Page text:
Snowflake Migration using StreamSets

#OnTapToday, using @StreamSets to migrate data from your source database to Snowflake. In this post, I will walk through the process of configuring StreamSets to migrate data from my on prem DB to Snowflake.


You need to get some data from a source database to the Snowflake data warehouse. There were a few options at my disposal. I could have:

StreamSets operates on a Hybrid OpenSource Model (HOSS). StreamSets Data Collector is open source, released under the Apache 2.0 license. The remainder of the platform source code is proprietary and not available to customers

In this case, I chose StreamSets.


The setup was actually quite complex on my Macbook as there were some hacks necessary on the OS to allow adjustments to the java heap size. Rumor has it, this is just an issue with Mac OS, and other linux OSes are fine. Fortunately, all this can be found with some google searches.

Here are the installation instructions:

  • Download, install, and run Data CollectorRemember on a Mac there are some additional OS configurations necessary to get around the heap size issue. I’ll try to locate the link that helped me out and update the post.
    • Once you have the Data Collector installed properly, you need to launch it with the following command:
      • bin/streamsets dc

  • Launch the Data Collector, via the URL presented after the service starts and click on the Package Manager icon.


  • In the search box, enter “Snowflake”, select Snowflake Enterprise Library 1.1.0 from the list, click Install icon and accept Terms of Service*. Once the installation completes, follow instructions to restart Data Collector.

  • After the Data Collector restarts, we can create the data migration pipeline.

Since this a simple multi-table migration, we can build this pipeline by connecting a single Origin and Destinations. In this case, we will use the JDBC Multitable Consumer origin and the Snowflake Replicate destination.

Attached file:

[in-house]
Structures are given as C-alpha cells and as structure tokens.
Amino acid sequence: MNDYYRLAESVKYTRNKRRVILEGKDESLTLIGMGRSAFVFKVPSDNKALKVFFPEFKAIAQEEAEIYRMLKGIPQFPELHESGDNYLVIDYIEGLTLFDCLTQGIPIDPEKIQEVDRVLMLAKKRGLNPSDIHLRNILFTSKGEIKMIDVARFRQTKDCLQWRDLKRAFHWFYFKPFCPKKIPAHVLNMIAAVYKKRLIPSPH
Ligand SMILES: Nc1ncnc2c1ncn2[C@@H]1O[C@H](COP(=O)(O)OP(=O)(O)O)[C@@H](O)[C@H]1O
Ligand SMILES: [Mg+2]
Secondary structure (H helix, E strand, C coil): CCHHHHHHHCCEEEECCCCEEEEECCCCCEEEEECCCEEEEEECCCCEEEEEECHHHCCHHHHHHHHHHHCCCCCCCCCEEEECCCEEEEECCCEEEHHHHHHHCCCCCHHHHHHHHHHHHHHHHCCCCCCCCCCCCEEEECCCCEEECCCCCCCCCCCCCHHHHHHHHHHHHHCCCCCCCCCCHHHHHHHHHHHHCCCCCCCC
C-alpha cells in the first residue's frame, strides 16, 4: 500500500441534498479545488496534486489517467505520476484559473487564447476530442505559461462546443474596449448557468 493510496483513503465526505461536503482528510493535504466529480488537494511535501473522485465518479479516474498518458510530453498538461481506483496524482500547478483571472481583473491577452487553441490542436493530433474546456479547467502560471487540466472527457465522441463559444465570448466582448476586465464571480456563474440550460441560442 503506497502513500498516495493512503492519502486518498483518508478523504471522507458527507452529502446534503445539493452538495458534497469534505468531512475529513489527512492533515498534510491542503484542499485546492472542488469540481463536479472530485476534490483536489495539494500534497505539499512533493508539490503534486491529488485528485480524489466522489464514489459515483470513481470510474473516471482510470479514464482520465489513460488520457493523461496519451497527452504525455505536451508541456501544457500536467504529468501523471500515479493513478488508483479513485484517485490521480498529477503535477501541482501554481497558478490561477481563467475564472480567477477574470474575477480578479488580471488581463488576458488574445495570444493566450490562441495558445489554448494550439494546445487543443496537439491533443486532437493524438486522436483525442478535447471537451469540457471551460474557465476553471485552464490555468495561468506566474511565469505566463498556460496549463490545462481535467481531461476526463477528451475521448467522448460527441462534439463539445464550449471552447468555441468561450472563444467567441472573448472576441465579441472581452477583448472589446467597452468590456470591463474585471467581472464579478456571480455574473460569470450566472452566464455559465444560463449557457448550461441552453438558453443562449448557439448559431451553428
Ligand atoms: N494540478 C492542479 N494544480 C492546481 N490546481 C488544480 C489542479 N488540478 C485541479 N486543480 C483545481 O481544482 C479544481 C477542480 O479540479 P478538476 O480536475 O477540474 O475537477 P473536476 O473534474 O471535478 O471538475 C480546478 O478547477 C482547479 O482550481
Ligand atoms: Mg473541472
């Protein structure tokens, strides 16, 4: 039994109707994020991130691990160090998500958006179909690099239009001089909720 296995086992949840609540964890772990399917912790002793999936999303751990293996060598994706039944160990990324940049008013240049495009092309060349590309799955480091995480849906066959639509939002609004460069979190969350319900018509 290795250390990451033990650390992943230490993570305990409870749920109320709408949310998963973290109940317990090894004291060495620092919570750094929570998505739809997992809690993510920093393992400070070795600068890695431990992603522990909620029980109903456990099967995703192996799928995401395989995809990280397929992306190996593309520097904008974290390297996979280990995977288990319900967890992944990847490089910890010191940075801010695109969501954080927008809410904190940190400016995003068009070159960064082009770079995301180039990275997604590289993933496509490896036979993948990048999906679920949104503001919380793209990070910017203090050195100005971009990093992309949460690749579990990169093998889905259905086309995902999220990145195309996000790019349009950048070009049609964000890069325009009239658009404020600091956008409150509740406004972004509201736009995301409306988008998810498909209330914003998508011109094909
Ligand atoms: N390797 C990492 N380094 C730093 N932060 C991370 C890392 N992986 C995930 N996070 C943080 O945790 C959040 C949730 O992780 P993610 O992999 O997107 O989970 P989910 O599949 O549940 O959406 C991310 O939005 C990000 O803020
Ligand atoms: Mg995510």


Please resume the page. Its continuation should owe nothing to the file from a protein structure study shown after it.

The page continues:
• From the Data Collector GUI, select Origin in the upper right corner and enter JDBC in the search box. Double click the JDBC Multitable Consumer icon to place it in the workspace. In this example, to make things simpler, I will be connecting to an already existing Oracle database running in my basement.

  • Next select Destinations from the same dropdown in the upper right and search for Snowflake. Again double click the Snowflake icon to place it on the workspace.

  • Finally connect the JDBC Origin and the Snowflake Destination by clicking and dragging a connector between the two.

As you can see, there are a number of tab associated with the two phases of this migration pipeline. Complete these with the appropriate values.

JDBC Multitable Consumer:



Leave all other tabs with any defaults


Snowflake Connections Info



Leave all other tabs with any defaults


Now let’s switch over and set up the Snowflake data warehouse. If you do not have an account, you can visit this link to start a free trial. Once you have successfully logged in, simply copy and paste this following set of into the worksheet.

We are now ready to run the StreamSets job. You will notice that we did not create any tables in the Snowflake data warehouse. One of the options we select in the StreamSets configuration was to automatically create the tables we are migrating.



Back on the StreamSets Data Collector interface, click Start in the upper right.

The process will begin migrating the data from the source database, in this case, Oracle to Snowflake


I happen to know that there are 193 records across the tables that match the criteria (Table names start with DB_). Can you find where we did that??

After a few seconds, the tables have be created and the data has been migrated.  Let’s check it out.

A review of the History tab in Snowflake shows the process StreamSets executes to:

  1. Create the required file format
  2. Create the table
  3. Use the put command to load the data into the internal stage
  4. Executes the copy command to populate the target table



In the Snowflake worksheet execute the following:

This should give you row counts for each table that was migrated.


Here is the same statement run from SQL Developer. All counts match, so the migration was successful.

This was a very simple example of using  a StreamSets to migrate multiple tables from a source database to Snowflake.






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